Every month, almost 2 million people search on Google for some variant of “church near me.” These are believers who don’t belong to a church. They also likely include tens of thousands of unbelievers. This type of search tells us there are millions of people who don’t have a relationship with a Christian in their community who has invited them to church.
Activating the people in our churches to develop relationships within their community is imperative, but that doesn’t change the immediate truth: People in our communities are looking for us and either not finding us or not getting the information they need to decide to visit our churches.
The problem comes when we make the decision that our outreach strategy must be focused on one or the other. The ways people in our communities consume content, research and even make decisions have changed, and if we truly want to win our neighborhoods, towns and cities for Christ, we must be willing to adapt.
We also shouldn’t try to spiritualize our lack of desire for change. Paul in his first letter to the Corinthians shows that a holistic approach to outreach is the biblical one:
For though I am free from all, I have made myself a servant to all, that I might win more of them. To the Jews I became as a Jew, in order to win Jews. To those under the law I became as one under the law (though not being myself under the law) that I might win those under the law. To those outside the law I became as one outside the law (not being outside the law of God but under the law of Christ) that I might win those outside the law. To the weak I became weak, that I might win the weak. I have become all things to all people, that by all means I might save some. (1 Cor. 9:19-22, ESV)
Here are some statistics and how they impact your church that should really drive home the reality that digital outreach must become a priority. Though these statistics are for secular products and services, people don’t suddenly change their habits when dealing with spiritual matters.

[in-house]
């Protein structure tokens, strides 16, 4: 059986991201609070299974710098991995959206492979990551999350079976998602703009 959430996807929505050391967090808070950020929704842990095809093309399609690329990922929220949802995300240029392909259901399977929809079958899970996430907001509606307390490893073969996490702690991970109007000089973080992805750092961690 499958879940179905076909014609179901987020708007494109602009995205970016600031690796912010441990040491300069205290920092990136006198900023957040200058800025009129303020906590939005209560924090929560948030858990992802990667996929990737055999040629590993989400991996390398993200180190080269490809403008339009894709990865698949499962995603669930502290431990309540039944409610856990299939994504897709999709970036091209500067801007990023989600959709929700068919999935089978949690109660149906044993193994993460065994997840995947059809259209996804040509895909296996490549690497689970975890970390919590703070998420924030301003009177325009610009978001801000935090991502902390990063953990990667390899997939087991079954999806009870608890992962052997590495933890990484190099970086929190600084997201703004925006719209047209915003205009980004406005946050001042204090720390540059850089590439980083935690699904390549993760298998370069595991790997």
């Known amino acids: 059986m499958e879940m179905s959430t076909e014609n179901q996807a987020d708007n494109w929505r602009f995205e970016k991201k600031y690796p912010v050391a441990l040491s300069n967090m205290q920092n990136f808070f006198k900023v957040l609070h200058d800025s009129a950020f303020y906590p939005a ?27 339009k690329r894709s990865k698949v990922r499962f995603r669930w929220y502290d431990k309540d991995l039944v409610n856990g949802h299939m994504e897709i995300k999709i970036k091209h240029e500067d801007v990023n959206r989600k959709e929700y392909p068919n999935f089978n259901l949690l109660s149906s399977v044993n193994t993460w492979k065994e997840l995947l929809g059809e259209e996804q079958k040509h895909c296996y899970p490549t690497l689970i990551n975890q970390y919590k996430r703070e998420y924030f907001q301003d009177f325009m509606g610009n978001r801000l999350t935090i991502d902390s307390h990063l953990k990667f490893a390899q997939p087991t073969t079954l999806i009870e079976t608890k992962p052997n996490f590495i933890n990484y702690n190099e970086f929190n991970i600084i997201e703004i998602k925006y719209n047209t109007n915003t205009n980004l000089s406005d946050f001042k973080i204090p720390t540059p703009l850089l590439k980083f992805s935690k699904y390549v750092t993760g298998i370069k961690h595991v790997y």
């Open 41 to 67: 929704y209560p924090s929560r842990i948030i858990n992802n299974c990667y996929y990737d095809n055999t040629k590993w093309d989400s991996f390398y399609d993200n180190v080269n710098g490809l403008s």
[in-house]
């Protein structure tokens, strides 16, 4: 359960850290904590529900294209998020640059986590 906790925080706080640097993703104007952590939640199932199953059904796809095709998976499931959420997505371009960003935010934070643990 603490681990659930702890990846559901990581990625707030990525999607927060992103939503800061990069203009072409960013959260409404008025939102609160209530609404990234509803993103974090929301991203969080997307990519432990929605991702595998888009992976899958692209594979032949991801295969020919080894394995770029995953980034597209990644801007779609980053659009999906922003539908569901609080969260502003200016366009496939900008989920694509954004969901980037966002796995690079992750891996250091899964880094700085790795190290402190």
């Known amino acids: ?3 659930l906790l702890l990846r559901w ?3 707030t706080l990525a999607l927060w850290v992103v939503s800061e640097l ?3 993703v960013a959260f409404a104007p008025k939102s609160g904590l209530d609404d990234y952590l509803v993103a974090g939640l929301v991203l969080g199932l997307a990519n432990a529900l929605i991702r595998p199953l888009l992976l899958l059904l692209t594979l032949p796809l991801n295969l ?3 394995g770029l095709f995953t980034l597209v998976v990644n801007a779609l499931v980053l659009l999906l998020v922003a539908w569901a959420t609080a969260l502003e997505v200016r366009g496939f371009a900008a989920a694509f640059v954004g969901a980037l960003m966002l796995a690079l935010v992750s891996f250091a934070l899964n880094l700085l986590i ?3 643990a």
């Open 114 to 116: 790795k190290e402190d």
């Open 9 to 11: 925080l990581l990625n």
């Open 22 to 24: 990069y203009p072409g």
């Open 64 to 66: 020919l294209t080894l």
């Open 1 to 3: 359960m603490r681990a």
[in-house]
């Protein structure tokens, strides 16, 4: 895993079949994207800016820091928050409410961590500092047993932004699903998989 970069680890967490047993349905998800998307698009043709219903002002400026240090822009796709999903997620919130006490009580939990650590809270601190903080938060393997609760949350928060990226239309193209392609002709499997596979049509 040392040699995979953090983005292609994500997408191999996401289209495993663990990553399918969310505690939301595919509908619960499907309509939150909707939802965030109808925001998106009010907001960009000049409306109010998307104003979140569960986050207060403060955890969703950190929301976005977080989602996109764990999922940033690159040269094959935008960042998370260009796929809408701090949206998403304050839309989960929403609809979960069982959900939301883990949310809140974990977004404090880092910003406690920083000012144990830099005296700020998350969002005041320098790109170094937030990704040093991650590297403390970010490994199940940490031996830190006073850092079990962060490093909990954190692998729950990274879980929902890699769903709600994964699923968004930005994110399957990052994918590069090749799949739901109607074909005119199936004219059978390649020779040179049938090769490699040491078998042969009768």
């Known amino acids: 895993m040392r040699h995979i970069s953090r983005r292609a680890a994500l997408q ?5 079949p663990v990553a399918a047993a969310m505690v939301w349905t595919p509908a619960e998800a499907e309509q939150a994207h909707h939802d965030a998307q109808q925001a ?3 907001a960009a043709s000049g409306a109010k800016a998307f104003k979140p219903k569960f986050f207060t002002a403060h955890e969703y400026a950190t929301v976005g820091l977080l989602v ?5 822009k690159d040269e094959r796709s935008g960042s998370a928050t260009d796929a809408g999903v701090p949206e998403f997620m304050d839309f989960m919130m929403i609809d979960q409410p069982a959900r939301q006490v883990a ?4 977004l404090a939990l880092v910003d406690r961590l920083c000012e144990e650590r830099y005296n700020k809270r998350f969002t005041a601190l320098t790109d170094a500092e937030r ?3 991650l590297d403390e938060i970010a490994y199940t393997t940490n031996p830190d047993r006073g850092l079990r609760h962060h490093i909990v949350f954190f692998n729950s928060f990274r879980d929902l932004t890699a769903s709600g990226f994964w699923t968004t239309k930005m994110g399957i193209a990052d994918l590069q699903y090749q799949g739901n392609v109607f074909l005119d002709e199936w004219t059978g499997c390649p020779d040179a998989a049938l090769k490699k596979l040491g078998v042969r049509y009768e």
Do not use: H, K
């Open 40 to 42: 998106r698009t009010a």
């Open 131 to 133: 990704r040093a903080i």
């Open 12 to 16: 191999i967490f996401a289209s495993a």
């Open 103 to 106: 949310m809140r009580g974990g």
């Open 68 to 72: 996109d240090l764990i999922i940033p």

81% of consumers conduct online research before buying a product. (Source: GE Capital Retail Bank)
People research everything. Even if a person is invited to a church by one of your members, more likely than not, on-line research into your church will happen. They want to learn about you and your church, but most churches don’t make that easy.
73% of consumers use multiple channels to shop for a product (Source: Harvard Business Review)
You can’t rely on a single approach to your digital outreach. You need to understand that different people groups will look for your church in different ways. By having a holistic approach to your digital presence, you are better positioned to be where those who are seeking your church are looking.
87% of consumers looked online for local business reviews (Source: Brightlocal)
People make inferences about your church based on your digital presence, whether you make it a priority or not. Even more concerning, your church has a digital presence whether you’re involved in crafting it or not.
In 65% of search results, Google gives people the information they need without the requirement of visiting your website (Source: Search Engine Land)
These are called “zero-click search results.” Your off-website online presence often will be the only encounter someone ever has with your church. Focusing all your efforts on a website isn’t sufficient in a world where Google is attempting to keep more and more traffic on their platform and off of yours.
9.8% of all Americans move every year. (Source U.S. Census)
People are becoming more and more transient. Gone are the days where people are born, grow up, live their adult lives and die all in the same community. Many of these people are believers who don’t have a connection to their new community and are looking for a new church home. Do you make it easy for them to find you?
The way the people in your community are searching for your church has changed. This doesn’t replace the necessity for your members to develop deep and lasting relationships with their neighbors, co-workers, etc., but refusing to prioritize crafting a well-thought-out digital presence is, in fact, underserving your community.
Published February 15, 2022